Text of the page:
Values shown in the book The Great Gatsby. The Author F. Scott Fitzgerald shows what values he excepts and rejects

Essay by vardig1High School, 11th gradeA+, May 2002

download word file, 2 pages 4.4

Values are important to everyone, especially writers. It is clear in both My Antonia and The Great Gatsby that Willa Cather and F. Scott Fitzgerald have very clear feelings about their characters' attitudes and behaviors. Choose one book and discuss at least two values that the author supports and one that he or she rejects. Explain how the reader can recognize these values in the story with quotes as evidence.

A perfect book to depict the American way in the 1920s is The Great Gatsby by F. Scott Fitzgerald. The book is told through the viewpoint of a man named Nick Carraway, who had recently made his wealth and moved from a Midwest town into the city. The reader experiences how the young wealthy people spend their lives by adultery, illegal operations, and partying. F. Scott Fitzgerald based the Gatsby and Nick on his own values of life, which gives you a little taste of what the author is like.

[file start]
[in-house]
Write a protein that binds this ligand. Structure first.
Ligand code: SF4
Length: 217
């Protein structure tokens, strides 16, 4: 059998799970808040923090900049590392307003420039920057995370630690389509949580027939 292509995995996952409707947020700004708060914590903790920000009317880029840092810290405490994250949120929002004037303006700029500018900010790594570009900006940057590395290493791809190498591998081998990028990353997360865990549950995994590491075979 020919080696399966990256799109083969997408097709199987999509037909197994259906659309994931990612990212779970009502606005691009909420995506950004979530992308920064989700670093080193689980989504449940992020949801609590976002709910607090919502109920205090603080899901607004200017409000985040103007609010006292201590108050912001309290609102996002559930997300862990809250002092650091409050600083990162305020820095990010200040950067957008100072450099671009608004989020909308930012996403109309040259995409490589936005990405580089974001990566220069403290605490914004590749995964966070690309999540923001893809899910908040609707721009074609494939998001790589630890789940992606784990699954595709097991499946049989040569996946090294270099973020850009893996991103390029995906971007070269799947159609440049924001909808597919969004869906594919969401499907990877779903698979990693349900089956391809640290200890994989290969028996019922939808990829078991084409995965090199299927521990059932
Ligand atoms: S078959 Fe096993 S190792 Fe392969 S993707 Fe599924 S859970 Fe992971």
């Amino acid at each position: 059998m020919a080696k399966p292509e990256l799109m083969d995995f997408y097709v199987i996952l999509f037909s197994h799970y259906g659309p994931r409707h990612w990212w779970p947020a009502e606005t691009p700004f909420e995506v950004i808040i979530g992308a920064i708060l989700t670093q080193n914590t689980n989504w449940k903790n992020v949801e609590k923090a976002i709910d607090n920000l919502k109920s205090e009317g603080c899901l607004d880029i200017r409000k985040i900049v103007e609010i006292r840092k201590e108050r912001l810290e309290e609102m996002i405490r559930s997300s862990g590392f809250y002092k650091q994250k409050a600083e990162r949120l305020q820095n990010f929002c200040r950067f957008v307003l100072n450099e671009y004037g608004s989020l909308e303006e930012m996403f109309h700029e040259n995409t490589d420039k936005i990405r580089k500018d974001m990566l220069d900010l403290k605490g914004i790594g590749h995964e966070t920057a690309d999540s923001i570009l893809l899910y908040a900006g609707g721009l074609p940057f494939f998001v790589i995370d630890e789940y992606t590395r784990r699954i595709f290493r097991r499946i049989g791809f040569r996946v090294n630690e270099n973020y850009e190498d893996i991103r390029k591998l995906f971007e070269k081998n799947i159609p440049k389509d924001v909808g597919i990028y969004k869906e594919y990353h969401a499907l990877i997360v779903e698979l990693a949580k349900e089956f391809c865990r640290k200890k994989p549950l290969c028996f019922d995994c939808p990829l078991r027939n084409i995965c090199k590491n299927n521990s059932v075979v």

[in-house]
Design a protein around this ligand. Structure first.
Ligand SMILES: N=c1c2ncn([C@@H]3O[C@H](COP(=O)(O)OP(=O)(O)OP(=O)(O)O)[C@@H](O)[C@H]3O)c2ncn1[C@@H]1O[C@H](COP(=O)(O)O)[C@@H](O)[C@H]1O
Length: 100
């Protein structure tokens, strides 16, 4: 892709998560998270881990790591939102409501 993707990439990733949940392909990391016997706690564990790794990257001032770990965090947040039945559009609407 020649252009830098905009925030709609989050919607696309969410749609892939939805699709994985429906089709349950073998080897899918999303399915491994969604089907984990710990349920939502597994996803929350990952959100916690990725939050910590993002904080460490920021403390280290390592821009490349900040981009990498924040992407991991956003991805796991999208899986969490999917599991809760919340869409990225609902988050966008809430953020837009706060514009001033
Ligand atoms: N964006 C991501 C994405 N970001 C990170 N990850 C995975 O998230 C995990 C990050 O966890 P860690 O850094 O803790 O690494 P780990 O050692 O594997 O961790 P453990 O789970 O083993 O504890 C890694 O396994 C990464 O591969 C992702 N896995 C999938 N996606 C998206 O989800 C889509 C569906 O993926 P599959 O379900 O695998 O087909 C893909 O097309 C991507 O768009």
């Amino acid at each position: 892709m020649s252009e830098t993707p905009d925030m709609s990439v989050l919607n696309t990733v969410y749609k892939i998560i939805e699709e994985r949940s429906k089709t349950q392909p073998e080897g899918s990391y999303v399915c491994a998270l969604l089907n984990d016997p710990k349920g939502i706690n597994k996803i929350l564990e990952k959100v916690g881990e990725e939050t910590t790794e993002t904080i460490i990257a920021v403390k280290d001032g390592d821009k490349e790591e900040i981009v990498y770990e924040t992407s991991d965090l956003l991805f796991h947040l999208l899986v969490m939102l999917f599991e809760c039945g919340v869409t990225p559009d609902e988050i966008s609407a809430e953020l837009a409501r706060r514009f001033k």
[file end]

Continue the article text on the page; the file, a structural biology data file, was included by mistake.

But the only values in the book were not just in those 2 characters but in others as well.

First off, Daisy is married to Tom Buchanan and is also the cousin of Nick. This quote gives the reader a glimpse into her characters personal views, "I hope she'll be a fool - that's the best thing a girl can be in this world, a beautiful little fool." (pg. 21). This shows how Daisy thinks that life is more enjoyable for a girl if she is just giddy and happy instead of trying to be someone in life. But, since that is Daisy's opinion, the reader should not assume that is F. Scott Fitzgerald's as well. He portrays himself as Nick and Gatsby in the book and Nick is not too fond of Daisy's choices in life...